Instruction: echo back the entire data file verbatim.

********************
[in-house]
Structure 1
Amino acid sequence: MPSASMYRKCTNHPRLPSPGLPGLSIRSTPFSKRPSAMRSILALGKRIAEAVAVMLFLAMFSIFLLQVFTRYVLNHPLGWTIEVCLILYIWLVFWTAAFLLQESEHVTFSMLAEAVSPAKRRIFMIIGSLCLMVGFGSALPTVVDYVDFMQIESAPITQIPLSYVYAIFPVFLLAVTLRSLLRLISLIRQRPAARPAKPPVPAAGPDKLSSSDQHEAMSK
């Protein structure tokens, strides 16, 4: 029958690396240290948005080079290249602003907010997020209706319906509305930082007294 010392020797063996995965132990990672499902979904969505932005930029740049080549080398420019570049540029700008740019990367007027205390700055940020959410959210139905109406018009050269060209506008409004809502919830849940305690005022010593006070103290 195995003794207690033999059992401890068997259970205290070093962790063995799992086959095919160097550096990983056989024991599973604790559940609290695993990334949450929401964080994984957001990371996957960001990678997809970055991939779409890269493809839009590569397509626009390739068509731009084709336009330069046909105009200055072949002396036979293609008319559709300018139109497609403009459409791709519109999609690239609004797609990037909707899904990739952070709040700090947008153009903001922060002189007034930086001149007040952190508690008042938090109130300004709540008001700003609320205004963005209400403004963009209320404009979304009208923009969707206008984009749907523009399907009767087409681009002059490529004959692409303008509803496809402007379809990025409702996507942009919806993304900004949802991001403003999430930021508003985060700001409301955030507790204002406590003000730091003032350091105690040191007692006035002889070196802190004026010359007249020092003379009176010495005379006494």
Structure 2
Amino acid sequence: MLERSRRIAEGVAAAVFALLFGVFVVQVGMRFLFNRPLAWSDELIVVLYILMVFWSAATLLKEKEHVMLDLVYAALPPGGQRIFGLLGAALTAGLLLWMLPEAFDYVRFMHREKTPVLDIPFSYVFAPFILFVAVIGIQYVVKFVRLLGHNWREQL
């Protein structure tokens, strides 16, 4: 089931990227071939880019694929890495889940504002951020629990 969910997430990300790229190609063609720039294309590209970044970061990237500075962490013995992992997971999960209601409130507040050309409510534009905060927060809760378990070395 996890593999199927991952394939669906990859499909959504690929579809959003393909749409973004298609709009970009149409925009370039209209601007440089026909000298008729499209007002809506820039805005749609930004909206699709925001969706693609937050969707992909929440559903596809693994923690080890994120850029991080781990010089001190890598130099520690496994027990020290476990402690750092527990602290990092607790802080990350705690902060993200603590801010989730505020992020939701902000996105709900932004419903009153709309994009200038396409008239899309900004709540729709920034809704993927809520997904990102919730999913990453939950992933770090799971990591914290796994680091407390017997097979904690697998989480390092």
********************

[in-house]
Structure 1
Amino acid sequence: MPSASMYRKCTNHPRLPSPGLPGLSIRSTPFSKRPSAMRSILALGKRIAEAVAVMLFLAMFSIFLLQVFTRYVLNHPLGWTIEVCLILYIWLVFWTAAFLLQESEHVTFSMLAEAVSPAKRRIFMIIGSLCLMVGFGSALPTVVDYVDFMQIESAPITQIPLSYVYAIFPVFLLAVTLRSLLRLISLIRQRPAARPAKPPVPAAGPDKLSSSDQHEAMSK
């Protein structure tokens, strides 16, 4: 029958690396240290948005080079290249602003907010997020209706319906509305930082007294 010392020797063996995965132990990672499902979904969505932005930029740049080549080398420019570049540029700008740019990367007027205390700055940020959410959210139905109406018009050269060209506008409004809502919830849940305690005022010593006070103290 195995003794207690033999059992401890068997259970205290070093962790063995799992086959095919160097550096990983056989024991599973604790559940609290695993990334949450929401964080994984957001990371996957960001990678997809970055991939779409890269493809839009590569397509626009390739068509731009084709336009330069046909105009200055072949002396036979293609008319559709300018139109497609403009459409791709519109999609690239609004797609990037909707899904990739952070709040700090947008153009903001922060002189007034930086001149007040952190508690008042938090109130300004709540008001700003609320205004963005209400403004963009209320404009979304009208923009969707206008984009749907523009399907009767087409681009002059490529004959692409303008509803496809402007379809990025409702996507942009919806993304900004949802991001403003999430930021508003985060700001409301955030507790204002406590003000730091003032350091105690040191007692006035002889070196802190004026010359007249020092003379009176010495005379006494």
Structure 2
Amino acid sequence: MLERSRRIAEGVAAAVFALLFGVFVVQVGMRFLFNRPLAWSDELIVVLYILMVFWSAATLLKEKEHVMLDLVYAALPPGGQRIFGLLGAALTAGLLLWMLPEAFDYVRFMHREKTPVLDIPFSYVFAPFILFVAVIGIQYVVKFVRLLGHNWREQL
């Protein structure tokens, strides 16, 4: 089931990227071939880019694929890495889940504002951020629990 969910997430990300790229190609063609720039294309590209970044970061990237500075962490013995992992997971999960209601409130507040050309409510534009905060927060809760378990070395 996890593999199927991952394939669906990859499909959504690929579809959003393909749409973004298609709009970009149409925009370039209209601007440089026909000298008729499209007002809506820039805005749609930004909206699709925001969706693609937050969707992909929440559903596809693994923690080890994120850029991080781990010089001190890598130099520690496994027990020290476990402690750092527990602290990092607790802080990350705690902060993200603590801010989730505020992020939701902000996105709900932004419903009153709309994009200038396409008239899309900004709540729709920034809704993927809520997904990102919730999913990453939950992933770090799971990591914290796994680091407390017997097979904690697998989480390092």